How insulated is your company from potential fraud? Here are just a few true stories to make you begin to question your companies policies. No names will be used to protect our client’s confidentiality.
Fraud Situation #1 – A small marketer was getting ready to retire. Unfortunately, this two children had not worked out very well in the business and had absolutely no interest in coming in and running the company upon his retirement. Therefore, this marketer began seriously considering giving a portion of his company to his most senior, trusted employee. In this small family-run operation, the gal had become like a daughter to the owner over the years.
Next comes an IRS excise tax audit. Much to his shock, via the audit, the marketer finds his trusted employee, who was about to be given a portion of the company, had been stealing at least $60K per year from taxes!
Fraud Situation #2 – A marketer quickly expands his formerly wholesale-only business into retail. A year goes by and the certain stores appear to have lower profits than they should. No one seemed to be able to figure out what was happening until a cash audit was taken. It was discovered that the manager was helping himself to the cash safe, about $2K per month, and covering it up in the store paperwork!
Fraud Situation #3 – A wholesale marketer was expanding rapidly, including spending lots of money on new tanks and equipment. One day, both the CFO and bookkeeper were out sick when a vendor called looking for payment. When another office worker tried to research the requested payment, irregularities were noticed and research began.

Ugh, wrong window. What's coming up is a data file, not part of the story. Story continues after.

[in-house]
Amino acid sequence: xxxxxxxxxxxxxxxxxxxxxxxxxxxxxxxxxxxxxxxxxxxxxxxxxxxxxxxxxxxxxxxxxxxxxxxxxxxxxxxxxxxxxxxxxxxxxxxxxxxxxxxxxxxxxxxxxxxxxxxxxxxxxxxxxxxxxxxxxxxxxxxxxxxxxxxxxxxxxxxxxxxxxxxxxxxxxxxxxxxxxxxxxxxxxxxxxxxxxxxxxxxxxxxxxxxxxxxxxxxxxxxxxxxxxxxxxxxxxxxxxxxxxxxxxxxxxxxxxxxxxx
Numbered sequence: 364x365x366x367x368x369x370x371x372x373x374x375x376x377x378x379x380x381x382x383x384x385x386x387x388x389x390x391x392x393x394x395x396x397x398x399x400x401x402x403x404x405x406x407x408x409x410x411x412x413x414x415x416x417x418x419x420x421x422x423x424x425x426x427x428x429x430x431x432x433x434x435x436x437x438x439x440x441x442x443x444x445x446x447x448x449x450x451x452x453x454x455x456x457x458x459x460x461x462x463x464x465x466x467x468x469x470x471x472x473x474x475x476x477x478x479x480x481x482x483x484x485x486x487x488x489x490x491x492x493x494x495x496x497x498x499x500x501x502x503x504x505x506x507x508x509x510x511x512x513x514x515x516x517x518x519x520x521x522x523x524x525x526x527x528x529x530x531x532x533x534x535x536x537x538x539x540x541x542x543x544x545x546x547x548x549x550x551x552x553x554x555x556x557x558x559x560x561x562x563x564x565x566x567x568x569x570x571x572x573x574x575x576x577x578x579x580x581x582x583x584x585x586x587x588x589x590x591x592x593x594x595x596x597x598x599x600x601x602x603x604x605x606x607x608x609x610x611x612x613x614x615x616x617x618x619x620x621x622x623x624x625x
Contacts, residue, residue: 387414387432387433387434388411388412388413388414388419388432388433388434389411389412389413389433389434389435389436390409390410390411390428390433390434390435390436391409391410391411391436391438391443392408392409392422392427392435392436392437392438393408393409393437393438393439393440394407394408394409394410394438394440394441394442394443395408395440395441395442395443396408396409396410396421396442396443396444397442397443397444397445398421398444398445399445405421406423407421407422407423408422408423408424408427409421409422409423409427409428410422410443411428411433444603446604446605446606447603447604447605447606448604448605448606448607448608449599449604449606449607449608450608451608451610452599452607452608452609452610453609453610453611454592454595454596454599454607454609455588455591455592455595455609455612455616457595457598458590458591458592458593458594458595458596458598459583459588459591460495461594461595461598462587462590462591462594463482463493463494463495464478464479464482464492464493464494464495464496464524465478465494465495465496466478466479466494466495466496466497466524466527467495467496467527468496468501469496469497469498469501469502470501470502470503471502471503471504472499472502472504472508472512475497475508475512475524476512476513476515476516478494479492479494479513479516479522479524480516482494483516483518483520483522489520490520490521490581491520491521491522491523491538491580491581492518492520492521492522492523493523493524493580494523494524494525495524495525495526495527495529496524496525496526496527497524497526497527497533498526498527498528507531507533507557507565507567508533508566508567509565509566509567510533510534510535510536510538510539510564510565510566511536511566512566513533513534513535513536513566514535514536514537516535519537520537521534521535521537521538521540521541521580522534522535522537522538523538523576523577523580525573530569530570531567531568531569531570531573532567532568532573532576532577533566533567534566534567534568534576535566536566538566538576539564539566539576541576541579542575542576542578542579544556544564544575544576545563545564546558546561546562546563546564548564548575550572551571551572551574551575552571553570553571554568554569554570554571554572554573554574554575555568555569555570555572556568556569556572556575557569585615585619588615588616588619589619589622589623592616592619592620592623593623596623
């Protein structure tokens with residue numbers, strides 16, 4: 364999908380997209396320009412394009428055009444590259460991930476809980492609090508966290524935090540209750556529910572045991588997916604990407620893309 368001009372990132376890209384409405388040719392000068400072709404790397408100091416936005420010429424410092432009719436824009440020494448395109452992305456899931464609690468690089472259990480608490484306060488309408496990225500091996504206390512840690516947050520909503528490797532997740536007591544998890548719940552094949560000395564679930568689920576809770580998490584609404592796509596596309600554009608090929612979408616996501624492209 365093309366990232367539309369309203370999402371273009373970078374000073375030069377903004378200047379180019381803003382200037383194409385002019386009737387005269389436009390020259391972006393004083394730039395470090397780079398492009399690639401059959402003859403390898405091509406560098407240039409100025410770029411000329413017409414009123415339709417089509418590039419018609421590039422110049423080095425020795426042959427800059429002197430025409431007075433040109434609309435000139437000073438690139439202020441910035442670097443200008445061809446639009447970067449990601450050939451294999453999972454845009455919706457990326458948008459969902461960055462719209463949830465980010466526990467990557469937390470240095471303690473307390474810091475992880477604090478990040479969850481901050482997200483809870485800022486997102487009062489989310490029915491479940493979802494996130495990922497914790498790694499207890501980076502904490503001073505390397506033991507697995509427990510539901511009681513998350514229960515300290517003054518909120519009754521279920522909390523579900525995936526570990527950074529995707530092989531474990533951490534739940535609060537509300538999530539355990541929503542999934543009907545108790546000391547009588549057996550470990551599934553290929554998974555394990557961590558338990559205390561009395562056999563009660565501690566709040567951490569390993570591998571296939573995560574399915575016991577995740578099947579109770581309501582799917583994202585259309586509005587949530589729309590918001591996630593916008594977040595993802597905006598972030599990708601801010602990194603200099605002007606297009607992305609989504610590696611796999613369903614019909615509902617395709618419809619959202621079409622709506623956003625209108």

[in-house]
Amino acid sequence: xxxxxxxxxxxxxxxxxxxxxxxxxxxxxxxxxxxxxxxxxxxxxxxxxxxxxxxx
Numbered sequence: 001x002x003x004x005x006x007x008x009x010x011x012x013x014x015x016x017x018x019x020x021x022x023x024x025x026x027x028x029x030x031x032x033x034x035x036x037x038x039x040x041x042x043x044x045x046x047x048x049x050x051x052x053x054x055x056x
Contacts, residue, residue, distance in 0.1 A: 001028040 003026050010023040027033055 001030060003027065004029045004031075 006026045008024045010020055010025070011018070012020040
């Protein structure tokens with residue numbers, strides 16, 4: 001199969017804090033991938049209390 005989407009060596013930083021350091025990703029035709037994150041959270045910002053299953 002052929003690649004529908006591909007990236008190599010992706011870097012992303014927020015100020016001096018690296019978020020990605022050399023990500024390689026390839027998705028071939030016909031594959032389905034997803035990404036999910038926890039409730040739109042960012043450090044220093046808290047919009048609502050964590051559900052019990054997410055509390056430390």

In this case, the CFO was using the company’s regular equipment vendors (and funds) to build new facilities at his personal residence. No one is sure how much went into his personal slush fund, but the owner estimated as much as $750K over two to three years time.
Fraud Situation #4 – An age twentyish young lady recently told of her “training” at an aunt and uncle’s c-store about how to take cash under the table so that the aunt and uncle wouldn’t have to pay as much income tax. She received her instruction on how to steal from the government at age 10! Her same techniques could have been easily applied elsewhere if she had stayed in the retail industry after she grew up.
To prevent your company from being the next victim of fraud, you must actively take steps to protect yourself. Use these anti-fraud procedures no matter how trustworthy your employees may seem to be.
1) Verify all cash handling by at least two persons. Cash handling takes a multitude of forms including fuel drivers picking up cash on COD customers, store level cash in registers and safes, cash deposits, and walk-in wholesale cash customers. Have double control of each cash transaction.
2) Avoid collusion. The two persons involved in any cash transaction should not be related and ideally, should come from separate departments. In our case #3, the CFO and bookkeeper were a husband and wife team. Bad idea!